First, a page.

Modern Architecture: More Than a Style
Modern is about more than just clean lines and cubic shapes—it’s about an approach that puts purpose above pretty.
The concept of modern architecture isn’t as new as the name implies. Modern architecture emerged in the late-19th century and surged in popularity in America during the mid-20th century. Pioneers of the movement included architects Philip Johnson, Ludwig Mies van der Rohe, Eero Saarinen, Walter Gropius, Frank Lloyd Wright and Le Corbusier.
Mies van der Rohe’s famous aphorism “Less is more” spoke to his efforts to distill buildings to their core elements and move away from ornamentation for its own sake—a key principle of modernism. Those practicing a modern approach forged a deeper connection with nature, the surrounding environment and each other—using local and natural materials whenever possible.
In recent years, modern architecture has continued to have a profound effect on the way buildings are designed and how their inhabitants expect to experience them.
Defining modern architecture
Most people have an idea of what modern architecture looks like, even if they can’t quite define it: Large windows. High ceilings. Linear elements. Lots of natural light. Stripped down interiors. Structural elements—such as concrete or beams—often left exposed.
The words “modern” and “contemporary” are often used interchangeably, but they’re actually very different. “Contemporary” refers to the current time period, not a style. That means that even a building with the grand arches or domes that we associate with ancient monuments was considered contemporary when it was first built. On the other hand, “modern” refers to a particular philosophy, not a time period. It often manifests in a certain look, but more importantly, modern design always follows certain underlying design principles. To have a modern building, its elements must exist for a purposeful reason, not purely for aesthetics.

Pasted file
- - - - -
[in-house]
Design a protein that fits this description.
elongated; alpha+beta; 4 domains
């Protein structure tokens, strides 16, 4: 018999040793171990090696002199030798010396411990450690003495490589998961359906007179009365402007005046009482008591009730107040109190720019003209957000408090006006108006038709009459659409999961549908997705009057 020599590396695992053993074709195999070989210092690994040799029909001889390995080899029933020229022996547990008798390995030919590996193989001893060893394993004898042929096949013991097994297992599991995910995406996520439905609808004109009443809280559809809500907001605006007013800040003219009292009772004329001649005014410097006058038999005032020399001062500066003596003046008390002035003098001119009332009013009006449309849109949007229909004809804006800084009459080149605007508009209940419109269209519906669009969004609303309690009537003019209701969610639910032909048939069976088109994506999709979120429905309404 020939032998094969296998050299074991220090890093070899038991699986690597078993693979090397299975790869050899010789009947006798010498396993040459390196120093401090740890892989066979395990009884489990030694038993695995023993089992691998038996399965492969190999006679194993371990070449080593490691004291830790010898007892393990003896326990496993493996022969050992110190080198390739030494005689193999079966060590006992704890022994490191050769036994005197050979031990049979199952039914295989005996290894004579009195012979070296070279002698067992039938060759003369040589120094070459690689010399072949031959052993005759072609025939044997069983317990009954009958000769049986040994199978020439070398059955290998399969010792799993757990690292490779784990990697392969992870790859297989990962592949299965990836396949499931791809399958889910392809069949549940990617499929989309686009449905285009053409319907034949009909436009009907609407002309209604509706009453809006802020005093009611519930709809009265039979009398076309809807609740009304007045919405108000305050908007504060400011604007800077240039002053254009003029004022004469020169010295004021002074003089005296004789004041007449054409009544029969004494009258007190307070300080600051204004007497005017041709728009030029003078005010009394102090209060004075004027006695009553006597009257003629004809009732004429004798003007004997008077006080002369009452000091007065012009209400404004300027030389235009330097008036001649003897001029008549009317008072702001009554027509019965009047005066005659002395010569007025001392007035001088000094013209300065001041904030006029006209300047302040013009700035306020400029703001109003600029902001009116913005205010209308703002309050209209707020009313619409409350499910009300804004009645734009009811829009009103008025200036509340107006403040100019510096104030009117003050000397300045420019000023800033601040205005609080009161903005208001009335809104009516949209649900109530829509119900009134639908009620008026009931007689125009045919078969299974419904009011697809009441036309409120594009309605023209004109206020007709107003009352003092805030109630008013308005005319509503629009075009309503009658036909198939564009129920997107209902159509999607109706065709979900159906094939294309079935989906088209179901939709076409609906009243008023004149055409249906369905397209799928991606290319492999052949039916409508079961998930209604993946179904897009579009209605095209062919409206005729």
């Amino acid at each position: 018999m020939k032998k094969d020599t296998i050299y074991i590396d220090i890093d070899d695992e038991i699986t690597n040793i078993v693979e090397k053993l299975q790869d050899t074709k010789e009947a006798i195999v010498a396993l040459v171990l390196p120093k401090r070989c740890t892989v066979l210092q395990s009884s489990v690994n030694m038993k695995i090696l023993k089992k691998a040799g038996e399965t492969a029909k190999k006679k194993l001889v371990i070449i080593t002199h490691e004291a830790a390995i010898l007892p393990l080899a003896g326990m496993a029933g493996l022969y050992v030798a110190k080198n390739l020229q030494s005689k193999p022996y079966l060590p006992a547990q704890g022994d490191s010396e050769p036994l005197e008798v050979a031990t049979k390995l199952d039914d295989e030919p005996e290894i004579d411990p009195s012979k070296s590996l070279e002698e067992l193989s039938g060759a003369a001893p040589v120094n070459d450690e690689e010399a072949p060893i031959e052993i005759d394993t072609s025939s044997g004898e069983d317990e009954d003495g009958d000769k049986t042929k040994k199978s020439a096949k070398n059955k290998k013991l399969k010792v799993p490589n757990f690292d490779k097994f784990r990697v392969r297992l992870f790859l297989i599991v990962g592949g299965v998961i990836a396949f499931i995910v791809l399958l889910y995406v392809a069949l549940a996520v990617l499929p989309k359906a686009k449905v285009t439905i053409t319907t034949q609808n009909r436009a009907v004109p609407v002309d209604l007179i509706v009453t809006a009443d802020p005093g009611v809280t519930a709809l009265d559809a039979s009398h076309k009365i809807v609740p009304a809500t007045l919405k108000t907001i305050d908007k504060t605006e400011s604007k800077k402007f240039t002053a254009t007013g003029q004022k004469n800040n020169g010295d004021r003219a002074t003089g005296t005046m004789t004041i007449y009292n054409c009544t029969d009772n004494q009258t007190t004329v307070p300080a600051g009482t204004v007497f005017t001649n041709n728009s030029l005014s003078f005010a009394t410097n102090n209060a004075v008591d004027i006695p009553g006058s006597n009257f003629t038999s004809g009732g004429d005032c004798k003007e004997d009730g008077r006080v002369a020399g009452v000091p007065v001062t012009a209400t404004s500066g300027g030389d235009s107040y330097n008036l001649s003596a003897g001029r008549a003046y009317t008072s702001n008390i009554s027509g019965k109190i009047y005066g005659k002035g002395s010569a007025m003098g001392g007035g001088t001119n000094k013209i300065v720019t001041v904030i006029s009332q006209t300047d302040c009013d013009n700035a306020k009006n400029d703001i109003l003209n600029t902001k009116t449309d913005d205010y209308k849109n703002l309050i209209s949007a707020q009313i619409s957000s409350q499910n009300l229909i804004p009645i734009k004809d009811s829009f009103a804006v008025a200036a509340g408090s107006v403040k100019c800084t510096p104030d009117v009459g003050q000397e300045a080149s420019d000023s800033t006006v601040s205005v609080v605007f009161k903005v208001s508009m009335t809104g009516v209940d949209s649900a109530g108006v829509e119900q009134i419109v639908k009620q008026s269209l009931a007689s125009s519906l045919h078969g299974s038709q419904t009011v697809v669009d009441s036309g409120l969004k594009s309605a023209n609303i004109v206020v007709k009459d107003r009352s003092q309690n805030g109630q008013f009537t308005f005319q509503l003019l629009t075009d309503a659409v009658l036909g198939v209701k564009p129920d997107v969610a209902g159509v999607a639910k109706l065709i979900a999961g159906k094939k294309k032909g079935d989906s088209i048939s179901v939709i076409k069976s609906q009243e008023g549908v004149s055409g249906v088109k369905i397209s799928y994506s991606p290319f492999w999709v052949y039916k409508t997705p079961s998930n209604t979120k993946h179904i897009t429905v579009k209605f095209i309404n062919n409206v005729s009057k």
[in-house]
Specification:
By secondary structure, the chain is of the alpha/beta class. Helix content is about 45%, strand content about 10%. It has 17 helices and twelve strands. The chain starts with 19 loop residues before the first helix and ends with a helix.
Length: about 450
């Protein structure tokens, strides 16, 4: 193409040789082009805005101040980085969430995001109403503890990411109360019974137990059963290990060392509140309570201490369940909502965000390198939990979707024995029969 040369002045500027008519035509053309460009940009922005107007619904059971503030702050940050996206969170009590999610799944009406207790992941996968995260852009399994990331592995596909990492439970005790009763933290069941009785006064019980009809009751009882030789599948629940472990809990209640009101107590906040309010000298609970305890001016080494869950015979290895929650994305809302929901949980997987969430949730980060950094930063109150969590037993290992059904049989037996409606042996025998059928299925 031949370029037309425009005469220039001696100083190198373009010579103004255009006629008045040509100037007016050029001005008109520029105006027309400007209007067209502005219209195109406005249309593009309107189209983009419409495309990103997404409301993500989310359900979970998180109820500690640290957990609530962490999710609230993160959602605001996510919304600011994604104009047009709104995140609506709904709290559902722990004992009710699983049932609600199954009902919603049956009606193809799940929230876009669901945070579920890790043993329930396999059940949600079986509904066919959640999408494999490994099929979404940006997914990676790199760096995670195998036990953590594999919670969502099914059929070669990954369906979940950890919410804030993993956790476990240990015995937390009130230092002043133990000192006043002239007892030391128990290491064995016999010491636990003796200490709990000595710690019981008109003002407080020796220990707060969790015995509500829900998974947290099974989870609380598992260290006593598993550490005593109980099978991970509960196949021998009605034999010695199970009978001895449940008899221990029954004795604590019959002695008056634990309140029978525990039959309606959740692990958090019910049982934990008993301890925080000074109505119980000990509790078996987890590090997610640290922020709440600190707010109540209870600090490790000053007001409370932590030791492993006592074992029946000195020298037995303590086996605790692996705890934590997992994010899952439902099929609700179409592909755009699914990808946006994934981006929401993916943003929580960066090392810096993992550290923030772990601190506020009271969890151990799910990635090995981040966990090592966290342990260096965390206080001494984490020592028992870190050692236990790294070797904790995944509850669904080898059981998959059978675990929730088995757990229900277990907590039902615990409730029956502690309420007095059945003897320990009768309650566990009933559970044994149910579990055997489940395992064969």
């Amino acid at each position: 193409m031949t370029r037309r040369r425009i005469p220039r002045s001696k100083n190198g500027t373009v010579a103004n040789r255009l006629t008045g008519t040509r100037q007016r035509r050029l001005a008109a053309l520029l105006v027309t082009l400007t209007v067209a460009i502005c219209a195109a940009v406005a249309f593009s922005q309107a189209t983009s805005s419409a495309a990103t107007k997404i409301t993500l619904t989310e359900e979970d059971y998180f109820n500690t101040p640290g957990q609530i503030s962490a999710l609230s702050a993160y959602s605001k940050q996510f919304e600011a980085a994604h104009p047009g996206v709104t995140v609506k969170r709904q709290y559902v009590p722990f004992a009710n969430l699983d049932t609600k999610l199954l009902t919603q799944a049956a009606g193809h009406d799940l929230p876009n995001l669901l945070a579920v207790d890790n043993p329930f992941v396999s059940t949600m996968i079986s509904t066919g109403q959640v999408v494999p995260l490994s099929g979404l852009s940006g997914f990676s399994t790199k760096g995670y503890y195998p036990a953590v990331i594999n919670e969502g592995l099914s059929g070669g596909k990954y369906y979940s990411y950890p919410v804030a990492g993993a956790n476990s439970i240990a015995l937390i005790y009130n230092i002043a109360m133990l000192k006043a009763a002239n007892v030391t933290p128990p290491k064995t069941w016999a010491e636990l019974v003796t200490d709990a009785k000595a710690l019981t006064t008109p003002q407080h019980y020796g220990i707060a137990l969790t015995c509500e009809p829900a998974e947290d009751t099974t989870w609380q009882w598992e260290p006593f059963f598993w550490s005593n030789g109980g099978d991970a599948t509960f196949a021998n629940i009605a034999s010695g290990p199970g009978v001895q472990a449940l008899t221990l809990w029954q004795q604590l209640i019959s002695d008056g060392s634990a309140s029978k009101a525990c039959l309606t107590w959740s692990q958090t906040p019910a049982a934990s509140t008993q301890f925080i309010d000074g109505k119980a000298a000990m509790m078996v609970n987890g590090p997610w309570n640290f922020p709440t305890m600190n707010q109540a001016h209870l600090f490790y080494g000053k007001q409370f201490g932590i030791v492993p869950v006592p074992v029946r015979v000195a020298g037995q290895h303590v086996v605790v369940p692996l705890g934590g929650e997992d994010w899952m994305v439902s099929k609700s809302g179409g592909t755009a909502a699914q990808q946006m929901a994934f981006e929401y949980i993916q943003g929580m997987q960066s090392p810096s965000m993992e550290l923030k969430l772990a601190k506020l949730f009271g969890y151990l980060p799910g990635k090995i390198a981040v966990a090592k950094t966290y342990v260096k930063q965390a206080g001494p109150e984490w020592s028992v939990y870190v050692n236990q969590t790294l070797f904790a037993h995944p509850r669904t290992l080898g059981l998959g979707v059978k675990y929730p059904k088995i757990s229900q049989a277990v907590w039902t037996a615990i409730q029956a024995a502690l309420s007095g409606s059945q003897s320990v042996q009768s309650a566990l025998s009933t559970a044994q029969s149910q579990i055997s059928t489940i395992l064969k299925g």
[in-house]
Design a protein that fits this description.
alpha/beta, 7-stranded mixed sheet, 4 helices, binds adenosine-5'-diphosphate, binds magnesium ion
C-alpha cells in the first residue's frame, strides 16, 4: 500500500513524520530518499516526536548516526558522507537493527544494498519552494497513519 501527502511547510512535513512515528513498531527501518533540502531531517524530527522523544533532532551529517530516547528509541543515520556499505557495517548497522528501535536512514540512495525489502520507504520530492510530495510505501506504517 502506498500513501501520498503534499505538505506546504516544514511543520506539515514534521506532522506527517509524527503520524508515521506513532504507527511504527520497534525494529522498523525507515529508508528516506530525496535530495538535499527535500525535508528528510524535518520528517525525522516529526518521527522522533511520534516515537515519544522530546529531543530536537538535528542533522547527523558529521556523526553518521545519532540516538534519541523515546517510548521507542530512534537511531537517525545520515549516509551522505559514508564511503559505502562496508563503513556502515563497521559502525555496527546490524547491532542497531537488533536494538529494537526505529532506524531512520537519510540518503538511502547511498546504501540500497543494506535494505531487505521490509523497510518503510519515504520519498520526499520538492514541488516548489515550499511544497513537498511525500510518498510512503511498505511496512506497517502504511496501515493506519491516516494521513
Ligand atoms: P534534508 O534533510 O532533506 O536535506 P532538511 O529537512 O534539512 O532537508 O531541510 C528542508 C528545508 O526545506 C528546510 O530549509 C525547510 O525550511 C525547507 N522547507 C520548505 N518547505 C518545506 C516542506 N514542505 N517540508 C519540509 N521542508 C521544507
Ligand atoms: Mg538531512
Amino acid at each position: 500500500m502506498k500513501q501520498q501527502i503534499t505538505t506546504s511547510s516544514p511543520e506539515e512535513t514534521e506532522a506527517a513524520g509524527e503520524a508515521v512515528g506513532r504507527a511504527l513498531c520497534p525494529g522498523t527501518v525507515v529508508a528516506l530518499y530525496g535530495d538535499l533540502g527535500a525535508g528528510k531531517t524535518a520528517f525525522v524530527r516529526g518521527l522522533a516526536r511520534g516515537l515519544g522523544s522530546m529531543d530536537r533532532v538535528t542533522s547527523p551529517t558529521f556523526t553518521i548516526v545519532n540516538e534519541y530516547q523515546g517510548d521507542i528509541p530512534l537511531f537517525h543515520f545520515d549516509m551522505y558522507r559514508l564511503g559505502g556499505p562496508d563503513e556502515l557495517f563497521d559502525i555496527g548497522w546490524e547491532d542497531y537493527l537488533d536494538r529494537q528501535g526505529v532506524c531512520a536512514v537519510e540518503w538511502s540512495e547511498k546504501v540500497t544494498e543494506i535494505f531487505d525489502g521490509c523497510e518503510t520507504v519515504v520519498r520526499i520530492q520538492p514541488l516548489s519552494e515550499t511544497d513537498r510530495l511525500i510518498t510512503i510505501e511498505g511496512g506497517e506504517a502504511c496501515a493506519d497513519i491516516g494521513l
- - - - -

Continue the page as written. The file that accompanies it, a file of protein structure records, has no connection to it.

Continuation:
“Modern is a more honest look at what a building
is—load-bearing columns, beams that transfer the
weight, and not putting things in for decoration.
It’s still beautiful, but there’s kind of a level of
honesty and simplicity in the design.”
Rebecca Comeaux, AIA, LEED AP, Associate at Lake
| Flato Architects
We think we know a modern building when we see it, but do we? Chicago-based architect Scott Rappe, AIA, LEED AP at Kuklinski + Rappe Architects says we may be conflating two very different concepts. “Be careful of thinking of modernism as a style,” he says. “It’s really a philosophy—a design approach. Every building that looks modern is not necessarily modern if it’s just stylistic.”
A building can have distinctive features of modern design—like large windows and high ceilings or a flat roof and cubic shapes—without embracing the principles of modernism in the design approach. Modernism is a design language that focuses on rethinking the way humans live in and use the designed environment around them. It’s about experimentation, technical innovation and the thoughtful use of materials.
How ancient buildings can epitomize modern principles
The design process and thoughtful approach that characterizes modern philosophy can be tracked back thousands of years. For example, 1,000-year-old European cathedrals with high ceilings, vast expanses of space and great height. Builders of those cathedrals stripped away the expectations of what a church should look like to take advantage of technologies that were new at the time.